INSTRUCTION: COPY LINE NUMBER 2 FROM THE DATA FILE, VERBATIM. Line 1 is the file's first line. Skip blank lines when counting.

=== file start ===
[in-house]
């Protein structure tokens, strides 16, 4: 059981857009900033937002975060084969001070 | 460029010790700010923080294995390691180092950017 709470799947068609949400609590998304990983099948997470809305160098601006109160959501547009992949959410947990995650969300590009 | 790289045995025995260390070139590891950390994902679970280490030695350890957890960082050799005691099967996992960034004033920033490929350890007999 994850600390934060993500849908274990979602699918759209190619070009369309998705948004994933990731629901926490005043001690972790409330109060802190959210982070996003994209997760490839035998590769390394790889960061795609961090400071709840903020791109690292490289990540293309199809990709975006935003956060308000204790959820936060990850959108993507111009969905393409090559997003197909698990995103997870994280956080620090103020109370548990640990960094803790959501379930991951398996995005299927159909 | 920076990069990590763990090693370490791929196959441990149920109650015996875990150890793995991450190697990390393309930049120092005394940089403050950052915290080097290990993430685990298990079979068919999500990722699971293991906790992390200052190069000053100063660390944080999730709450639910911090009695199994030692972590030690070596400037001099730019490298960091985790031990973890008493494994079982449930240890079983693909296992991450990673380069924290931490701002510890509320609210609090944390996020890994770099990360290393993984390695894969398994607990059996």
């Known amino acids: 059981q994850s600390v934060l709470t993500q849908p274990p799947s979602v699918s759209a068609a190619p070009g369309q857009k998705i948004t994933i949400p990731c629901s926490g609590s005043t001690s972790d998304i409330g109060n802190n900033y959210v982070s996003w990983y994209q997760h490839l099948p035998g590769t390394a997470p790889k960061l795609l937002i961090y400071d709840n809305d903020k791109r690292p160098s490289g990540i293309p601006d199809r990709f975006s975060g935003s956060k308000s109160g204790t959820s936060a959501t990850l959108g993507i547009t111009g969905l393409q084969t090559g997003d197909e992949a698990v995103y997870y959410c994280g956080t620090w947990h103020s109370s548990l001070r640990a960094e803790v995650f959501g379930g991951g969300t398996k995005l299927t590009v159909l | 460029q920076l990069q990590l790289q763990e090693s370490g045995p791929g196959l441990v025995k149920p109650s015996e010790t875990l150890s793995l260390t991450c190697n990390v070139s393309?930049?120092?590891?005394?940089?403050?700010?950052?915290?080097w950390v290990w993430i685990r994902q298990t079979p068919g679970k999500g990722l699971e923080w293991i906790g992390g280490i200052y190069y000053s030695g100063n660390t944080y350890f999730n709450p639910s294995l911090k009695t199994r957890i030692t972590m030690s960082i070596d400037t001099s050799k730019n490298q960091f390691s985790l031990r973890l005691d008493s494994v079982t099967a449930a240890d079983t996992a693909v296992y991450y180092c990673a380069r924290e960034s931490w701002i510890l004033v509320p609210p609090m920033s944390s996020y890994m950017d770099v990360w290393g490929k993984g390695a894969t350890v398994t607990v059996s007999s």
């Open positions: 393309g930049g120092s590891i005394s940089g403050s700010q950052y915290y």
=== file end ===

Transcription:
């Protein structure tokens, strides 16, 4: 059981857009900033937002975060084969001070 | 460029010790700010923080294995390691180092950017 709470799947068609949400609590998304990983099948997470809305160098601006109160959501547009992949959410947990995650969300590009 | 790289045995025995260390070139590891950390994902679970280490030695350890957890960082050799005691099967996992960034004033920033490929350890007999 994850600390934060993500849908274990979602699918759209190619070009369309998705948004994933990731629901926490005043001690972790409330109060802190959210982070996003994209997760490839035998590769390394790889960061795609961090400071709840903020791109690292490289990540293309199809990709975006935003956060308000204790959820936060990850959108993507111009969905393409090559997003197909698990995103997870994280956080620090103020109370548990640990960094803790959501379930991951398996995005299927159909 | 920076990069990590763990090693370490791929196959441990149920109650015996875990150890793995991450190697990390393309930049120092005394940089403050950052915290080097290990993430685990298990079979068919999500990722699971293991906790992390200052190069000053100063660390944080999730709450639910911090009695199994030692972590030690070596400037001099730019490298960091985790031990973890008493494994079982449930240890079983693909296992991450990673380069924290931490701002510890509320609210609090944390996020890994770099990360290393993984390695894969398994607990059996």